Waterslide

The past several weeks have had me interested in the plethora of water related challenges we face. I would like to share some of these issues and provide some of the insight I have gained in this field.

Recently, in a geology class I am taking, we have begun to discuss glaciers. While we exit the ice age we are currently in, these glaciers are melting all over the world. Also, in the north pole, there are many shelves of ice being held in place above the water. If one of them were to collapse, the world sea level could rise up to 5 meters due to displacement. Both of these scenarios exhibit problems that result from a great excess of water, however, many of the problems made popular today involve a lack of water.

Water scarcity can be a result of several constraints: geographic, financial, and resource. Each of these can be observed in different societies. The World Economic forum says that resource based water stress will be the norm in China while finance constrained water stress will be the norm in Africa. Characteristics of these societies can tell us why these problems arise. In china there are massive concentrations of population which greatly divides the supply of clean water available to each person. Still, more than 70% of water resources in any country are used for agriculture; to produce an unnecessary abundance of food.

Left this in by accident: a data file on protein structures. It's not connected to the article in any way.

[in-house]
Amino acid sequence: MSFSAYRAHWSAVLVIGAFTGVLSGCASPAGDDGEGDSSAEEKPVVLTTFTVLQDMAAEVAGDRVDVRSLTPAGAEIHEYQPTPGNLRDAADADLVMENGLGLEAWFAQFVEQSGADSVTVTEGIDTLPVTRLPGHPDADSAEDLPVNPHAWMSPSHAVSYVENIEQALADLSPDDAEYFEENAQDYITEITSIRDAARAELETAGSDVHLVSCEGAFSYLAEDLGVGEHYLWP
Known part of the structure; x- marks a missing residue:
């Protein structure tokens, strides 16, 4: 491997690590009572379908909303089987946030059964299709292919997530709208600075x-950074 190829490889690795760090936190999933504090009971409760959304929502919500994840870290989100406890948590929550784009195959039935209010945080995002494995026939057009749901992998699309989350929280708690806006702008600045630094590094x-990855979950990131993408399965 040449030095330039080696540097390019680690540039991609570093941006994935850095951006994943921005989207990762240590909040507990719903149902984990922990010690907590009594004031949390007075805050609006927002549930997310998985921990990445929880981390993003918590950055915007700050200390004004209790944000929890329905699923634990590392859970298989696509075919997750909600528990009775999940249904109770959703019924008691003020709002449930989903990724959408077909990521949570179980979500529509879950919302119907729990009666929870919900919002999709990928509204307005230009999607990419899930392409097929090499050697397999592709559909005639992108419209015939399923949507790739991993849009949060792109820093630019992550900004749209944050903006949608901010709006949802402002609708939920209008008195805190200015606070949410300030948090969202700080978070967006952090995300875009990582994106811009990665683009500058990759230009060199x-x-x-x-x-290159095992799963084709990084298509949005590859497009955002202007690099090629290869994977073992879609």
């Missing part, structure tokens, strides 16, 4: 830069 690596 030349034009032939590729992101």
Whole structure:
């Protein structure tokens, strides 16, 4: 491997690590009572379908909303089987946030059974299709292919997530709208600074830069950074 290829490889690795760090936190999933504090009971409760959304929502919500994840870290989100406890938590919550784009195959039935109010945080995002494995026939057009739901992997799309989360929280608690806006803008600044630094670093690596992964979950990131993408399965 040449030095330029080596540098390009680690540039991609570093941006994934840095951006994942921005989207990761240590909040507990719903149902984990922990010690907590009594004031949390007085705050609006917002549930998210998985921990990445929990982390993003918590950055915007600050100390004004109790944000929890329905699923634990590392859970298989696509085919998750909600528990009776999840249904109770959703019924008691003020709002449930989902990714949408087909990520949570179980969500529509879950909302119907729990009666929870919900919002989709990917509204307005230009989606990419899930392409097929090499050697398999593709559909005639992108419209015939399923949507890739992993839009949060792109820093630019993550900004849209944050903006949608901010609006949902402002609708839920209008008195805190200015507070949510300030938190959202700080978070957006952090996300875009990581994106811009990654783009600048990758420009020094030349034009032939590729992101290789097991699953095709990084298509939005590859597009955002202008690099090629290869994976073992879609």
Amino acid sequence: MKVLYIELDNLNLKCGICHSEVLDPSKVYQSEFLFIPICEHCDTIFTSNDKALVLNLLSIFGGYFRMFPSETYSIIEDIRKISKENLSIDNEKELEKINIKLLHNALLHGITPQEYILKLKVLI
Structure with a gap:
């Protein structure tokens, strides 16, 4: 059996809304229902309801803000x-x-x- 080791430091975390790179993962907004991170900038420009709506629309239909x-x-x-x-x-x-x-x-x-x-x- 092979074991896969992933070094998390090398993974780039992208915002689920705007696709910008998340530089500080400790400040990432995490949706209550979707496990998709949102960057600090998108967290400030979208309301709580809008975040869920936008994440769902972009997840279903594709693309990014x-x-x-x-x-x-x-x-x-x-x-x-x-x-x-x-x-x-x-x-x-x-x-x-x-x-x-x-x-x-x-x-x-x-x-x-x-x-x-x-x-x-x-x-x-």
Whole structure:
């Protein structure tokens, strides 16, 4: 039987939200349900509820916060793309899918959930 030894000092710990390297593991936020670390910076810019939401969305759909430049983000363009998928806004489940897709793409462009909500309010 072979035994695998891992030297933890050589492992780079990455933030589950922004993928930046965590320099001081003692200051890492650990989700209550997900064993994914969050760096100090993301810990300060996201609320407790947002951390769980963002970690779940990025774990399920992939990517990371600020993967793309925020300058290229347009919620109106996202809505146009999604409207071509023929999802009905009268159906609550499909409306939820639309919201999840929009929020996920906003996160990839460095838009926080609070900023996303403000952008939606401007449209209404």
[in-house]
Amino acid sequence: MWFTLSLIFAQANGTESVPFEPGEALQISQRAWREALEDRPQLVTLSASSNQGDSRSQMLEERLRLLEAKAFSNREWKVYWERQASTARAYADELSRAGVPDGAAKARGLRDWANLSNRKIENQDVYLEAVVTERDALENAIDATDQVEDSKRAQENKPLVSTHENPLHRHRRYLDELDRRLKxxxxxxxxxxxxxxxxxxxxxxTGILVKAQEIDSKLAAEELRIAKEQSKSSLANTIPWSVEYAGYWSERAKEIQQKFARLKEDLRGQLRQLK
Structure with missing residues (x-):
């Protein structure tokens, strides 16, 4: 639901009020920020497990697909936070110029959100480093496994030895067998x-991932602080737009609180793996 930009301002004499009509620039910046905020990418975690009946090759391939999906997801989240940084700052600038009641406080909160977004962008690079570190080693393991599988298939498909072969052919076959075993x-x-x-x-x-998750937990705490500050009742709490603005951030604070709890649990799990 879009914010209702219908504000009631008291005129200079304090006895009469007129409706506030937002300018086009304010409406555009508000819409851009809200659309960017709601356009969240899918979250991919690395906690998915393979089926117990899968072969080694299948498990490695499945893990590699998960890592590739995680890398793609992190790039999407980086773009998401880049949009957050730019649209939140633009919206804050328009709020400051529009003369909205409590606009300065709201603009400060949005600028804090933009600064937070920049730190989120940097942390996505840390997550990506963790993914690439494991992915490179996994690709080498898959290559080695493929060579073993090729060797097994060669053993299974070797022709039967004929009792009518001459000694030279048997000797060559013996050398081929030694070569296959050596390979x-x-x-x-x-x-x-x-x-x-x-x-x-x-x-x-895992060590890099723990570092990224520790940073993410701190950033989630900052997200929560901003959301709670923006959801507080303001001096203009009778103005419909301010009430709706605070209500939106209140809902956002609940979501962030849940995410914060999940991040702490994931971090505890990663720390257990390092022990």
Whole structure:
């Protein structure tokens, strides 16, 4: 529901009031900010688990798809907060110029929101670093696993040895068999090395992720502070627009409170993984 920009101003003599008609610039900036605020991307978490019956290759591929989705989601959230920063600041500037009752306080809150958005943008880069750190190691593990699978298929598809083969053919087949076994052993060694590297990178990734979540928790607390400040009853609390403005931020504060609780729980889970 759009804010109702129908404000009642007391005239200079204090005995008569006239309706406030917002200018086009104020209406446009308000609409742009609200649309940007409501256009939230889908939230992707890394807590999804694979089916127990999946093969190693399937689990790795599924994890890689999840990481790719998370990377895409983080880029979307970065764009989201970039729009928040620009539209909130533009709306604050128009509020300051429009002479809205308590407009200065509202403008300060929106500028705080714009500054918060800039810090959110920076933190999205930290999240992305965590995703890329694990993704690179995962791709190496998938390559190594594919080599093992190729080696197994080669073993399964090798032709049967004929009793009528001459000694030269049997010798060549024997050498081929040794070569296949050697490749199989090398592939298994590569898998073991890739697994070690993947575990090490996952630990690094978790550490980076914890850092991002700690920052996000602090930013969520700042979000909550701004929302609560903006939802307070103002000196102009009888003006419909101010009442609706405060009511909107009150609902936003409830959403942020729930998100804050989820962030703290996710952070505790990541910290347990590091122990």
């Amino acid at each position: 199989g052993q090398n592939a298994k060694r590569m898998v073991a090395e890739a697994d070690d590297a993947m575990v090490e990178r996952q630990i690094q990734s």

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2 comments

  1. rogerwleblanc · May 2, 2016

    Bryan, thanks for adding this post. It is awesome to hear your perspective on these issues as a geologist now. I am very nervous that water will be a large source of conflict internationally in the future.

    Like

  2. garrettfojtik · May 7, 2016

    Bryan, birthday-boy, this is a great post! It is crazy to think about the amount of water used for agriculture – both animal and plant alike. As I mentioned in my Cruelty-Free Lifestyle peer-teaching, the production of one hamburger requires an input of about 660 gallons of water. It is scary to think about the amount of water we waste on animal agriculture compared to the number of people who don’t have access to clean drinking water as a result of poverty.

    Like

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